Or sometimes even, statements of affirmation.  

"You're welcome, Buddy. Your kind words mean so much -- thank you for blessing us with them."

As the sky's blue continuum grew bolder and more varied, so did our base of skills to nurture this little one.

And so did our confidence.

Write on,

Friday, March 14, 2014

There's a concert tonight | Slice 14:31

There will be a familiar guitar swimming above a familiar beat
And then, a familiar voice will intermingle
Hello, cowgirl in the sand, is this place at your command?
Old enough now to change your name, when so many love you, is it the same?
It's the woman in you that makes you want to play this game...

Another familiar voice, this time with a psychedelic organ in the background
If you smile at me, I will understand
That is something everybody everywhere does in the same language
Wooden ships on the water, very free (and easy)
Easy, you know the way it's supposed to be

And another...sweeter, more contemplative voice 
accompanied by the grand piano's simple chords
I'll light the fire, you place the candle in the vase that you bought today
Staring at the fire for hours and hours as I listen to you play your love songs
All night long for me....only for me

And then, the magical triumvirate will unite
Dododododo, do, do, dodododo
Dododododo, do, do, dodo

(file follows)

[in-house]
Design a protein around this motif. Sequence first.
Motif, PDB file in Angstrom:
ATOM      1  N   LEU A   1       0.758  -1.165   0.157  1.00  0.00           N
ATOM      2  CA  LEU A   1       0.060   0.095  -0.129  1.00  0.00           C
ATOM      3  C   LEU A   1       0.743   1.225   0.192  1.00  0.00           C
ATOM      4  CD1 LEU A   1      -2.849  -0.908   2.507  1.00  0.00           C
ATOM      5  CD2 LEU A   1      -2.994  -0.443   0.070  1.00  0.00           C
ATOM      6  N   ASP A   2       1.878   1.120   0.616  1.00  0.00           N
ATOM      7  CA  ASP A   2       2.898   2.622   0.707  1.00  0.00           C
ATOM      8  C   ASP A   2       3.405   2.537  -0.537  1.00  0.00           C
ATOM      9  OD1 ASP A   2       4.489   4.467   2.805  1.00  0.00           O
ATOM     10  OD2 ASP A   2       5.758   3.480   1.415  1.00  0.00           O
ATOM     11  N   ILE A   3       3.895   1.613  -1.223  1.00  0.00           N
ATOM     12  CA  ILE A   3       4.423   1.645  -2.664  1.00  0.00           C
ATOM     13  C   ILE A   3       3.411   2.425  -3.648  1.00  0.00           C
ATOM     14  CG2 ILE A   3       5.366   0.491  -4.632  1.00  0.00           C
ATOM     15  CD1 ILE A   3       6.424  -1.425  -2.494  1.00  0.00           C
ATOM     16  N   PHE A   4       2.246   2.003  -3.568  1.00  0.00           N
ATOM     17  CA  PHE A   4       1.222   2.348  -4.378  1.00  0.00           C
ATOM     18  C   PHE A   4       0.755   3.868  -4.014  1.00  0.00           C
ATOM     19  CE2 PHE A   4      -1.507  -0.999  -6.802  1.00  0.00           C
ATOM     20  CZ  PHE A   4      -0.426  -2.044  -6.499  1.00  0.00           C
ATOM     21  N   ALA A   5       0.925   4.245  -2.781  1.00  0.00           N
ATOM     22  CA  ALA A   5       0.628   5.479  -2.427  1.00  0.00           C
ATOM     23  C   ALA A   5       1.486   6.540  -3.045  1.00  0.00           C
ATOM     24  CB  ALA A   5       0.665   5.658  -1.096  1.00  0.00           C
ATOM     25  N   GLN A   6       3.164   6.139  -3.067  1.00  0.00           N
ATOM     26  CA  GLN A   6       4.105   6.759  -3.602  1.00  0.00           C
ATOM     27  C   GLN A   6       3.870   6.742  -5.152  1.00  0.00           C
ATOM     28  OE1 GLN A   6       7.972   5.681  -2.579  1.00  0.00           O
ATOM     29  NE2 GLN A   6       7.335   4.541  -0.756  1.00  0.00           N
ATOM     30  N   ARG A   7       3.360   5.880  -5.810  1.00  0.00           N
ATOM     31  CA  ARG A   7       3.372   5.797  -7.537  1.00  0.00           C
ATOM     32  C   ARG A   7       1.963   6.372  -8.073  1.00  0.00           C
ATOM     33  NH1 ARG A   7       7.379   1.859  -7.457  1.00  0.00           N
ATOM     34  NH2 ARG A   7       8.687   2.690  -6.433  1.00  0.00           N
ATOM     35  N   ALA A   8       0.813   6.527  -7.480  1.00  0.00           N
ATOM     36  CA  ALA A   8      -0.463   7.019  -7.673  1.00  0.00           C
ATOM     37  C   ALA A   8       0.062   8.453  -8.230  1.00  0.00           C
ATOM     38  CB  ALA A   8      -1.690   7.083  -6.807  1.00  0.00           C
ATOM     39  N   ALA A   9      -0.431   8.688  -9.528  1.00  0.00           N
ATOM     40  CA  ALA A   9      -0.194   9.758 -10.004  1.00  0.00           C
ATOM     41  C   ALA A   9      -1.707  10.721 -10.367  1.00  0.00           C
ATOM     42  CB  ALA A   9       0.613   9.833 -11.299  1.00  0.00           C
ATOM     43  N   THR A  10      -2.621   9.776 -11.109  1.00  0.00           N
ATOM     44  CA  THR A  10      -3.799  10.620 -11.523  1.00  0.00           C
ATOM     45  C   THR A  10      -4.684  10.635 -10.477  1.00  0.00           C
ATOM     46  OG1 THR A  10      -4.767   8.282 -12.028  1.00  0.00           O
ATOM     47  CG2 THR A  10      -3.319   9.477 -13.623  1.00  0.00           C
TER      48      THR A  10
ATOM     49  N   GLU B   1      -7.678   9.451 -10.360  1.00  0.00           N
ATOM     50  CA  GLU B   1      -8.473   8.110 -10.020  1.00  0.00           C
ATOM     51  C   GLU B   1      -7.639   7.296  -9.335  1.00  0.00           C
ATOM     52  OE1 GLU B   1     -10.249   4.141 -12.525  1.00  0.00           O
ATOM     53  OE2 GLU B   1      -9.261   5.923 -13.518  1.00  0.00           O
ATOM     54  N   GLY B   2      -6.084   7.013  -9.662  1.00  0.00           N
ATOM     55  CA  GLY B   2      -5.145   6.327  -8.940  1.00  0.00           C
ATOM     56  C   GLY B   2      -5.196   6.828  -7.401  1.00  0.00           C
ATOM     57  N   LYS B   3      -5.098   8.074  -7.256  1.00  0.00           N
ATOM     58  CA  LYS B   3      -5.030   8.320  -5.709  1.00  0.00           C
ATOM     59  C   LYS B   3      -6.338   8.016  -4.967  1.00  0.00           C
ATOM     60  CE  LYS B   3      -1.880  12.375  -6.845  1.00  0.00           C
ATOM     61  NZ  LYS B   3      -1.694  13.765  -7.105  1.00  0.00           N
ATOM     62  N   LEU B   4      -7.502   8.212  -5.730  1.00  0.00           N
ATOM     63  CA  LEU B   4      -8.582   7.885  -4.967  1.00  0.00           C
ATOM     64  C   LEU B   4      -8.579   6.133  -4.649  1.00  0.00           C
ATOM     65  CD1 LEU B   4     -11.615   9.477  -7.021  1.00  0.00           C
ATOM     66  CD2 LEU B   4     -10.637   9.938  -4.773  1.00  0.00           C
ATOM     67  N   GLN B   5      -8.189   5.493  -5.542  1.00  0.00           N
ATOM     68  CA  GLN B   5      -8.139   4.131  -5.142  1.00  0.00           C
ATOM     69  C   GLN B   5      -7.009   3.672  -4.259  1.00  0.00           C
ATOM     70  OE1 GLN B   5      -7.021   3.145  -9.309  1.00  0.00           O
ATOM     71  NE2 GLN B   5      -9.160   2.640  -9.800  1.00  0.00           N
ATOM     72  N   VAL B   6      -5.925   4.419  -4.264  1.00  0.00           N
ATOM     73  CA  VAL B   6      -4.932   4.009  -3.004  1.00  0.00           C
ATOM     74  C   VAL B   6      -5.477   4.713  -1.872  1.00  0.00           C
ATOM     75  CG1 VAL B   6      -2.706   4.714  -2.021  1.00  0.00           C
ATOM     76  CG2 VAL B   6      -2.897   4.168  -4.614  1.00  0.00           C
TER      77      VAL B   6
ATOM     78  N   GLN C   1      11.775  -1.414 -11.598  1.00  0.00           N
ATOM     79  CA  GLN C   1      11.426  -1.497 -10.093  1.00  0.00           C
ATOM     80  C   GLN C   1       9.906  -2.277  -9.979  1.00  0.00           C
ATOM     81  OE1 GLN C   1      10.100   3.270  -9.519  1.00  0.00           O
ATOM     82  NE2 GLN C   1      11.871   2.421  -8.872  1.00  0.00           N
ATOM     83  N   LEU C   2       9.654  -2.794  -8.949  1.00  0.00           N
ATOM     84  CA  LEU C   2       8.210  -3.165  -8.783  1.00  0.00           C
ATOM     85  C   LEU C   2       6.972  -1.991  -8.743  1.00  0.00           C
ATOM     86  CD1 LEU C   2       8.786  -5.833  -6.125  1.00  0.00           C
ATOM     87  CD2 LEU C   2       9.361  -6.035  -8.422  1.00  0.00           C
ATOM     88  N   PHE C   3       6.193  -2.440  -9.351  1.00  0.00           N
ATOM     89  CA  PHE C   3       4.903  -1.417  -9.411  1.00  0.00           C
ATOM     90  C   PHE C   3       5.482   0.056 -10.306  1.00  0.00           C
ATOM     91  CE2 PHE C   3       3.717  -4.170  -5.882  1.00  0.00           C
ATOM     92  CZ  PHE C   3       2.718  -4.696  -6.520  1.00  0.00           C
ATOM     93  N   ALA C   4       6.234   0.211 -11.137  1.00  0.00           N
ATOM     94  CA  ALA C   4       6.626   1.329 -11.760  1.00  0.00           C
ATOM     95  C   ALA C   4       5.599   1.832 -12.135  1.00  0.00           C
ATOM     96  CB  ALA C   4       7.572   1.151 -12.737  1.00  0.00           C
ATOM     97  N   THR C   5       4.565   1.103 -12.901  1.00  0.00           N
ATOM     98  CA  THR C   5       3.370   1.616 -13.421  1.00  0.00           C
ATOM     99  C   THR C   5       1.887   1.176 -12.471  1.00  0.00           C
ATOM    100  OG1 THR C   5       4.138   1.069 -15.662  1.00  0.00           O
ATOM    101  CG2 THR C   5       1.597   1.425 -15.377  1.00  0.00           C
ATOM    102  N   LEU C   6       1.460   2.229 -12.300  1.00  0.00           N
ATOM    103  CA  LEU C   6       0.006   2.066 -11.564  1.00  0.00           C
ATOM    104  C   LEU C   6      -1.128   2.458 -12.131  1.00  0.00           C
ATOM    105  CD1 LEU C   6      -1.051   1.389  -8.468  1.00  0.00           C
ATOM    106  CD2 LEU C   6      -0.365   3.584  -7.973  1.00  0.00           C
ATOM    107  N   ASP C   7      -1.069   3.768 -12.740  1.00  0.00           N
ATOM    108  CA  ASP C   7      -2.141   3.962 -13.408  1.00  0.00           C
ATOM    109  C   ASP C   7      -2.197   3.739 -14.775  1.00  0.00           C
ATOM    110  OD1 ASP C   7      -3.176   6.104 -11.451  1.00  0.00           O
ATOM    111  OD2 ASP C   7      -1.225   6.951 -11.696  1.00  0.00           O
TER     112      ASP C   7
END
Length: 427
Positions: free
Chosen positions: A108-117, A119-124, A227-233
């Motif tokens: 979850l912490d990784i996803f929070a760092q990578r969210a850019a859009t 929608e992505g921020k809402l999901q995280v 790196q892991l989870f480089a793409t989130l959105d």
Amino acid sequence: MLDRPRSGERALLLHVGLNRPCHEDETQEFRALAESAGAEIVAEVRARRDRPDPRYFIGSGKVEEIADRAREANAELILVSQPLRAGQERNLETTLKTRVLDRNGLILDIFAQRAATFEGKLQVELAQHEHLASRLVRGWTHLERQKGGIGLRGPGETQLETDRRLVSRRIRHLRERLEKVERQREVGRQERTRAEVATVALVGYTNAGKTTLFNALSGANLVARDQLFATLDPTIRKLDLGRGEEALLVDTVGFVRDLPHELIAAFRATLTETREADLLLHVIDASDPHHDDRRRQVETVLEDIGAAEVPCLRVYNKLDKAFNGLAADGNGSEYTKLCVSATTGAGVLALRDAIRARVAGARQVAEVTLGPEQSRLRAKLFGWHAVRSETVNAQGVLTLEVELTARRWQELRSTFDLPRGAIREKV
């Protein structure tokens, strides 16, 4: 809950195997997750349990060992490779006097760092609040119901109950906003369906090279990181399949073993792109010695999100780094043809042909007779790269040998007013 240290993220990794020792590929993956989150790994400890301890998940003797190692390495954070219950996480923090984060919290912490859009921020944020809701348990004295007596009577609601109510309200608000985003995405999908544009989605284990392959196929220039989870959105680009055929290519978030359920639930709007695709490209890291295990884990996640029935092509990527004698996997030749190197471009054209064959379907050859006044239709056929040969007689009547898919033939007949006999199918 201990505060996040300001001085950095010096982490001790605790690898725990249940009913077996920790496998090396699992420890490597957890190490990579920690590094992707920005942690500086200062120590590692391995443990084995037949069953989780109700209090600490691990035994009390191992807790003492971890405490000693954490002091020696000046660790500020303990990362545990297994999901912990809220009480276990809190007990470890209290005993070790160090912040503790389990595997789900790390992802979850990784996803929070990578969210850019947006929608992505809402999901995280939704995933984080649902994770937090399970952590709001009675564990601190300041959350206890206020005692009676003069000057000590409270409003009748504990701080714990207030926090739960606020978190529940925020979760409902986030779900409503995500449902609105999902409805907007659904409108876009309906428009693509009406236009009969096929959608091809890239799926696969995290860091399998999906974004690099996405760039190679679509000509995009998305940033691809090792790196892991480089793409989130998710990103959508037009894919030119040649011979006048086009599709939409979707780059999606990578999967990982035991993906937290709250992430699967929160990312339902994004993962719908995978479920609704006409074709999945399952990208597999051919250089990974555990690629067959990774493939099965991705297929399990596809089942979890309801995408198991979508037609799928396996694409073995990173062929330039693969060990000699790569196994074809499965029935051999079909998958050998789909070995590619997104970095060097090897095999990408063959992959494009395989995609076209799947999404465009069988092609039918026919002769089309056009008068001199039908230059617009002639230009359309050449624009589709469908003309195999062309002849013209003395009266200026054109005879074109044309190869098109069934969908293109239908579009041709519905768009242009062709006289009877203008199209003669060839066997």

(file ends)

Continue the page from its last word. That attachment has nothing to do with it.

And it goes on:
Dododododo, do, do, dodododo
Dododododo, do, do, dodo
(Are you humming 'Suite: Judy Blue Eyes' yet?)

It'll speed up
And there's a rose in the fisted glove
And the eagle flies with the dove
If you can't be with the one you love, honey, love the one you're with
Love the one you're with

It'll slow down
All along the lee shore, shells lie scattered in the sand
Winking up like shining eyes at me from the sea
Here is one like sunrise, it's older than you know
It's still lying there where some careless wave
Forgot it long ago

It'll challenge
From the bottom of the ocean to the mountains of the moon
Won't you please come to Chicago
No one else can take your place
We can change the world
Rearrange the world

It'll remember
Guinnevere had golden hair
like yours, mi'lady, like yours
Streaming out when we'd ride 
through the warm wind down by the bay
Seagulls circle endlessly
I sing in silent harmony
We shall be free

It'll galvanize
Tin soldiers and Nixon's coming
We're finally on our own
This summer I hear the calling
Four dead in O-hi-o

It'll encourage
Teach your children well
Their father's hell did slowly go by
And feed them on your dreams
The one they pick is the one you'll know by

It'll connect
Though we rush ahead to save our time
We are only what we feel and I love you
Can you feel it now?

Just a song before I go, to whom it may concern...

There's a concert tonight

Write on,

Thursday, March 13, 2014

Where I am... | Slice 13:31

This is where I am today...

I'm clunking down my tall, straight stairway in too-big shoes
Almost missing treads I usually make
Slipping around the toe box looking for just the right spot
the familiar spot
with time-worn impressions
to cushion my steps
and bring me back to the places I know best
As twilight fades from cornflower to navy
I search for reminders
to guide me
to nestle my heel